Aniagwu, who said poor value syste
Commission constructs 4 health centres in Edo communities
Mr Kennedy Osifo, Chairman, Edo State Oil and Gas Producing Area Development Commission (EDSOGPADEC), on Monday said the commission had constructed four Primary Healthcare Centres in three Edo communities.
Osifo said this while briefing the Edo House of Assembly Committee on Oil and Gas on the commission’s 2019 budget performance and the defence of its 2020 budget estimates.
The communities, he said, are in Orhionmwon, Ikpoba-Okha, and Ovia Local Government Areas of the state.
Osifo also stated that the primary healthcare centres were constructed to specifications of the World Health Organisation (WHO).
According to him, the commission has 14 ongoing projects in different communities in the three local government areas.
The Chairman of the committee, Mr Henry Okhuarobo, however, commended the 2019 budget performance in spite of the dwindling resources in the state.
Okhuarobo advised the commission to explore more areas of opportunities to meet the yearning and aspirations of the people.
Community expresses disappointment over compensation on oil spill
Members of Aghoro 1 community, Ekeremor Local Government Area in Bayelsa on Friday expressed dissatisfaction over the compensation that Shell Petroleum Development Company of Nigeria (SPDC) offered to pay for an oil spill that occurred on May 17, 2018.
They alleged that the oil firm arbitrarily determined the compensation for the incident in spite of the Joint Investigation Visit (JIV) report on the matter.
They claimed that the spill had impacted and polluted an estimated area of 113.03 hectares.
The JIV report obtained by News Agency of Nigeria (NAN) states that the leak on the pipeline at three spots were caused by equipment failure.
It added that the leak discharged 1,114 barrels of crude oil into the environment.
Mr Friday Otigha, a Community Leader and member of the Community Development Committee in Aghoro 1, told NAN that the N34 million offered by SPDC was unacceptable and had no relation with the impact assessment report.
Otigha said instead of N3.68 billion compensation that the National Oil Spills Detection and Response Agency (NOSDRA) recommended, SPDC proposed to pay N34 million.
He alleged that SPDC connived with some unauthorised community leaders to foist the arbitrarily determined compensation which fell short of NOSDRA’s compensation rate, a development that attracted sanctions for those individuals.
Otigha recalled that the leak was reported on May 17 but the JIV was on June 23, a development that worsened the impact of the spill on the predominantly fishing coastal community.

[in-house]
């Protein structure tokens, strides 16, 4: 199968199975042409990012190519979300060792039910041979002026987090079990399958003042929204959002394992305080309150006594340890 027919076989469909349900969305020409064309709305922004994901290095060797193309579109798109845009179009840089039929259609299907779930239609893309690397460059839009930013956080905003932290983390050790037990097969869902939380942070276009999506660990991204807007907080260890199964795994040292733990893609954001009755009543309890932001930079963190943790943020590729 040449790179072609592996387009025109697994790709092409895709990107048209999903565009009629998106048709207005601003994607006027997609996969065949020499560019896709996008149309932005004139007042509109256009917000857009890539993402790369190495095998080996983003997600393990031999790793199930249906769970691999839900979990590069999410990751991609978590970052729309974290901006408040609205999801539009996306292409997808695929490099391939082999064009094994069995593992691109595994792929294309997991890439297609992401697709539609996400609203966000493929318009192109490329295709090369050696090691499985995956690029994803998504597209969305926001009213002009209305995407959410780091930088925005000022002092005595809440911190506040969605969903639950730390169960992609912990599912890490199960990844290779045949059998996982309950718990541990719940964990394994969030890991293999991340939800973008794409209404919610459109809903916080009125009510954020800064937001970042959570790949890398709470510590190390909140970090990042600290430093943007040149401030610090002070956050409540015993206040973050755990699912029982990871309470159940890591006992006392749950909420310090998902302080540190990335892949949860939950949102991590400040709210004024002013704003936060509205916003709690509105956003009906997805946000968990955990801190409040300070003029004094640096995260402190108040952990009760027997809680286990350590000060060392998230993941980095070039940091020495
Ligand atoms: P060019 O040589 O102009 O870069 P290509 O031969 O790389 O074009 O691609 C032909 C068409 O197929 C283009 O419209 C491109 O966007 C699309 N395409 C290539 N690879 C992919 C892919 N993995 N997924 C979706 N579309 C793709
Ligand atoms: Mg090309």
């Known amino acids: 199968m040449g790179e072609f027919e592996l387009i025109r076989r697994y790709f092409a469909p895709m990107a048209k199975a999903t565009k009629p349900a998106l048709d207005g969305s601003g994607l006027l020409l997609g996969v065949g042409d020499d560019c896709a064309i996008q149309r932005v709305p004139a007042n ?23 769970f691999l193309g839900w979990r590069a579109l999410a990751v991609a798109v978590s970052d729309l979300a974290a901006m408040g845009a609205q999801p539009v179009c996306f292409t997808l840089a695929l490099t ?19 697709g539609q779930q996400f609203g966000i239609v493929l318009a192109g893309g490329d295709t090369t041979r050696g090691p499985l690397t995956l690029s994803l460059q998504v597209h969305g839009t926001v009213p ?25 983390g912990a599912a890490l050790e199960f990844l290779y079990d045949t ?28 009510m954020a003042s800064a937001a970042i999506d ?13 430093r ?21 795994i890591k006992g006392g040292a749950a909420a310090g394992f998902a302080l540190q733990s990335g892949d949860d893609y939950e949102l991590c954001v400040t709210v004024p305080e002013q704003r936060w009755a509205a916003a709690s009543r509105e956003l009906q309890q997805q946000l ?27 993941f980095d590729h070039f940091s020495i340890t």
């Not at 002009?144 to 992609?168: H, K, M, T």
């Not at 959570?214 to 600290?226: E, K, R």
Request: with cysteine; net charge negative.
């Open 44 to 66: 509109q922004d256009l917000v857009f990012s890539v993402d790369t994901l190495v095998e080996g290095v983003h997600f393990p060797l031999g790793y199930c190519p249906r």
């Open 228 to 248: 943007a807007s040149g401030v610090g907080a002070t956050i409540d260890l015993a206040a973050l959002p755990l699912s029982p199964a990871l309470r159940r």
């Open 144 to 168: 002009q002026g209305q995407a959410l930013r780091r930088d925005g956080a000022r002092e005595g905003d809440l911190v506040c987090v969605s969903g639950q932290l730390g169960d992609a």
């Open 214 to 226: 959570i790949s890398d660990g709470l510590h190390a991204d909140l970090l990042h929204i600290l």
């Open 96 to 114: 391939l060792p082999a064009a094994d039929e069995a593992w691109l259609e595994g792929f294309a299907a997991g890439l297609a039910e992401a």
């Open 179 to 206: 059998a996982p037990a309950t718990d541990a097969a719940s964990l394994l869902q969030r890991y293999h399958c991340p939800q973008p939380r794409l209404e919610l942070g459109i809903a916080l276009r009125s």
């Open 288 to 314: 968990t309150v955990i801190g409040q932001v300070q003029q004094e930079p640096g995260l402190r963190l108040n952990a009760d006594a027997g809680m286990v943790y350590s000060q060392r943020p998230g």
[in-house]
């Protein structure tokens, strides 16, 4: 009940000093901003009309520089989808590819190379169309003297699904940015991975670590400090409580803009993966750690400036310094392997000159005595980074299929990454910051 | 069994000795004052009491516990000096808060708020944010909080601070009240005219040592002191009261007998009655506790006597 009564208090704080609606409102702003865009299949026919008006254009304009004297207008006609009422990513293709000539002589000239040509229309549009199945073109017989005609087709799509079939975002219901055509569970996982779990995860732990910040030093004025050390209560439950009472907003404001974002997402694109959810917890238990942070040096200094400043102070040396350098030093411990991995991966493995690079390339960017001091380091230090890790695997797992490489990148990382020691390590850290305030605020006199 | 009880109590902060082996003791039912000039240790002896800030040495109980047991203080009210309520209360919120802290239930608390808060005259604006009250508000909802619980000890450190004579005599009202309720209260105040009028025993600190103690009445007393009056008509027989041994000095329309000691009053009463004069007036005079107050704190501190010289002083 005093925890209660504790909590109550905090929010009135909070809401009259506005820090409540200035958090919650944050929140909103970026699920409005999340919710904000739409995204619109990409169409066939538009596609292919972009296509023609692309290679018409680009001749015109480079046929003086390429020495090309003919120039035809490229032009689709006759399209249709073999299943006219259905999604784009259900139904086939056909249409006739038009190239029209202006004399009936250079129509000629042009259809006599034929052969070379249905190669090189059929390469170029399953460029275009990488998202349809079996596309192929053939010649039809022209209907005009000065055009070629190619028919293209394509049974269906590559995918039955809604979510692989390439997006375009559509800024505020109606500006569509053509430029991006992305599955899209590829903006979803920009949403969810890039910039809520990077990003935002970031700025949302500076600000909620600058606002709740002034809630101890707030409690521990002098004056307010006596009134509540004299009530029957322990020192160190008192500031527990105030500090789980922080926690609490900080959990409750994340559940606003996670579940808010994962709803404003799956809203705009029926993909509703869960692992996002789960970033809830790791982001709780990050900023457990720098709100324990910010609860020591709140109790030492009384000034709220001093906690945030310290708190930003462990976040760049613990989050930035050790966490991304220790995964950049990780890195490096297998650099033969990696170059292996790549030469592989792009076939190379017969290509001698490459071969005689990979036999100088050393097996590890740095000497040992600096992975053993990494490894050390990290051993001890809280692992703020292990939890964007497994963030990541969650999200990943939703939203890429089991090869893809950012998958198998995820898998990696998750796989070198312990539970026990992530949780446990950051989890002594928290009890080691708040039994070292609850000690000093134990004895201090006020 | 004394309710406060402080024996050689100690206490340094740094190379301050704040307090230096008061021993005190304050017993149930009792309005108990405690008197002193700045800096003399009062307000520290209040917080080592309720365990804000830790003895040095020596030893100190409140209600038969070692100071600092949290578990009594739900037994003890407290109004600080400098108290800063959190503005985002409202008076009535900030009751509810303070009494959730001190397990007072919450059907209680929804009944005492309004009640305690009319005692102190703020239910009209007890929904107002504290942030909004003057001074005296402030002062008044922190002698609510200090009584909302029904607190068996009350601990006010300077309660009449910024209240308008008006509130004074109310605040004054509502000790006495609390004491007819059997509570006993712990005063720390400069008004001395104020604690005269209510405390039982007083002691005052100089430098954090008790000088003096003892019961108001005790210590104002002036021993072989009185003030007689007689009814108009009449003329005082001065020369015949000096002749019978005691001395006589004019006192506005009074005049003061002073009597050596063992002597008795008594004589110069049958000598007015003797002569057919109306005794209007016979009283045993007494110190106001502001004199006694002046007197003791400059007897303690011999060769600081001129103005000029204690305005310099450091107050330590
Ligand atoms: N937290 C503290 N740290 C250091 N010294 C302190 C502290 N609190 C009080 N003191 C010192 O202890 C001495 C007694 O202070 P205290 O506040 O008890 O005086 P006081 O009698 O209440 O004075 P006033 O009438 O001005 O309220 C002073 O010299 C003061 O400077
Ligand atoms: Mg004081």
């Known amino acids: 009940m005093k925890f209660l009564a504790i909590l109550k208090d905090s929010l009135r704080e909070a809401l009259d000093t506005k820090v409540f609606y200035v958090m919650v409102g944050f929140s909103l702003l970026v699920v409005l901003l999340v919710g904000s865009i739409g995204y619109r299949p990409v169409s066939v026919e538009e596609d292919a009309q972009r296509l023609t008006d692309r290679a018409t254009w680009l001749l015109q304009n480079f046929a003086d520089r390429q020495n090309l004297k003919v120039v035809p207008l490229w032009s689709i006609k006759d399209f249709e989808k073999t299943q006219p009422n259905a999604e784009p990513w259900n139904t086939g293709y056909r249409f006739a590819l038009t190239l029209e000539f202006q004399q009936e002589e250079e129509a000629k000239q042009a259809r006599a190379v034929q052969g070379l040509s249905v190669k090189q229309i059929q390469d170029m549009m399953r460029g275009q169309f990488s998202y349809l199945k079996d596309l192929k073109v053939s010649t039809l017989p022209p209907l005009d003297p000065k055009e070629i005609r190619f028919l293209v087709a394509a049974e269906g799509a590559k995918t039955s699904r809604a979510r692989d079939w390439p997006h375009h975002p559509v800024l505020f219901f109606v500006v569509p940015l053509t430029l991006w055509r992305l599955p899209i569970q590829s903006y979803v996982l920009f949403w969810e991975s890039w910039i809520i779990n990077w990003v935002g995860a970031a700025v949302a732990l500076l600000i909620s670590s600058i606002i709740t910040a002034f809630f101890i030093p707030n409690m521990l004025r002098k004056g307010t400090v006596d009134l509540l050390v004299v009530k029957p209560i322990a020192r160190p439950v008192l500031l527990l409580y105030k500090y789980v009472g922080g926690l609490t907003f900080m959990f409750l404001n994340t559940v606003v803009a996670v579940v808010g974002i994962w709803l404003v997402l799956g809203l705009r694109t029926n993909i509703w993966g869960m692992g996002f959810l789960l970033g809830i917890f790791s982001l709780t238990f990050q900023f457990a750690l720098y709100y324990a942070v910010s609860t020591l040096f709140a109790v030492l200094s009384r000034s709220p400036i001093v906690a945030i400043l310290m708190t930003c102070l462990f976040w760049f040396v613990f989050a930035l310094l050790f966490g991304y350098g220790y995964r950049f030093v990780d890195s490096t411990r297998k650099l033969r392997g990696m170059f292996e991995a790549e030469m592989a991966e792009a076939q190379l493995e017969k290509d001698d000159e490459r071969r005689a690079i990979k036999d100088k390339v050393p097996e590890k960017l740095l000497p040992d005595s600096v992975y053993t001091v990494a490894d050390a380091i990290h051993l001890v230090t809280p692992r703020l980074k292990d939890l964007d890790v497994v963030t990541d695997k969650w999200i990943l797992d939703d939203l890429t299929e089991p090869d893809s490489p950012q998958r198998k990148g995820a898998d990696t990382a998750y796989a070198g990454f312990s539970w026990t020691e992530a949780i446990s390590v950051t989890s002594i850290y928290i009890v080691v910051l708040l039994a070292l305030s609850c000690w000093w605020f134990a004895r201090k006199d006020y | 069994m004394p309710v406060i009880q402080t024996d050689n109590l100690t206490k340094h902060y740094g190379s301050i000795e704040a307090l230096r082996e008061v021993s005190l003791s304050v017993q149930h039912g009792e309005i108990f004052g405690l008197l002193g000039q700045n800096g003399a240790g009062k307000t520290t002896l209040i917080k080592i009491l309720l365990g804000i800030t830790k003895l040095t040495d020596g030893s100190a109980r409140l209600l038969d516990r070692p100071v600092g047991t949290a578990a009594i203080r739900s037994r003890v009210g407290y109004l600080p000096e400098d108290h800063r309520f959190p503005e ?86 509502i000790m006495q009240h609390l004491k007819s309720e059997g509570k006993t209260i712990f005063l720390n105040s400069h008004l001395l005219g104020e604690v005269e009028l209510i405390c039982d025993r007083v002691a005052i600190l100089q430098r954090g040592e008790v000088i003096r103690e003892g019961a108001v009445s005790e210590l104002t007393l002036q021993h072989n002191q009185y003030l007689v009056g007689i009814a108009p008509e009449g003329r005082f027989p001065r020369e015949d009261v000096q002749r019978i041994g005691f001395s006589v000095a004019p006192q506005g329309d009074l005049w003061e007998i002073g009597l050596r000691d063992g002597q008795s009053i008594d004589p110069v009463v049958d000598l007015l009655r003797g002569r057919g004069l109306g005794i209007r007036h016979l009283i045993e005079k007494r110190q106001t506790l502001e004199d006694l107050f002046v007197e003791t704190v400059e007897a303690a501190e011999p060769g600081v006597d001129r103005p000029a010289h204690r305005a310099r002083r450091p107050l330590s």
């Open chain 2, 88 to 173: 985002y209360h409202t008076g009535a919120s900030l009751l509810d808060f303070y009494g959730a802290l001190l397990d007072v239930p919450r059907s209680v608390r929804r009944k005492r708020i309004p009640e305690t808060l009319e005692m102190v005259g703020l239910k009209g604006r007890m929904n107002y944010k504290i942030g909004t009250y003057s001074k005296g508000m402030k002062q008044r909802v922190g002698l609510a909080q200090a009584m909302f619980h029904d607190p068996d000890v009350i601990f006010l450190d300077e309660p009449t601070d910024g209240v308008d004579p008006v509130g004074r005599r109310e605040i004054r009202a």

He said hundreds of impacted fishermen thrown out of business by the incident were disappointed at the turn of events as they had expected SPDC to act in line with international best practice.
He urged the Federal Government to prevail on SPDC to retrace its steps and resolve the compensation in line with existing oil spill compensation guidelines set by the regulators.
Mr Bamidele Odugbesan, Media Relations Manager, SPDC, had earlier given an assurance that the firm would compensate victims and remediate polluted areas.
Reacting to the allegations, Mr Michael Adande, a Spokesman for SPDC insisted that the firm acted with industry stakeholders to arrive at the compensation.
“The SPDC conducts a comprehensive damage assessment and enumeration exercise with active participation of other members of the Joint Investigation Visit Team, especially the impacted claimants.
“We also use geomatrics map to establish the exact area of impact and extent within SPDC’s Right of Way or third party area and the degree of impact to arrive at a fair compensation value.
“In the case of the regrettable incident in Aghoro in Bayelsa State and Odimodi in Delta State in 2018, SPDC has paid the agreed compensation to the affected persons and communities.”
“The NOSDRA Post-Impact Assessment report, however, included N2.74 billion as ‘ecological damage assessment’ for environmental restoration and not as compensation.
“SPDC takes responsibility for clean-up, remediation and restoration.” Adande said.
NBMA: Biotechnology needs regulation for economic growth
The Director General of the National Biosafety Management Agency (NBMA), Dr. Rufus Ebegba, has said that biotechnology is a modern tools for economic growth, but requires adequate regulation to ensure safety for both human and animal health.
Ebegba disclosed this yesterday when he addressed participants at the fifth National Biosafety Conference organised by the agency in collaboration with the Nasarawa State University, Keffi.
While he noted that NBMA was established to serve as a safety gauge for the practice of modern biotechnology in the country, he also assured the public that the agency was well equipped to ensure proper regulation of modern biotechnology in the country.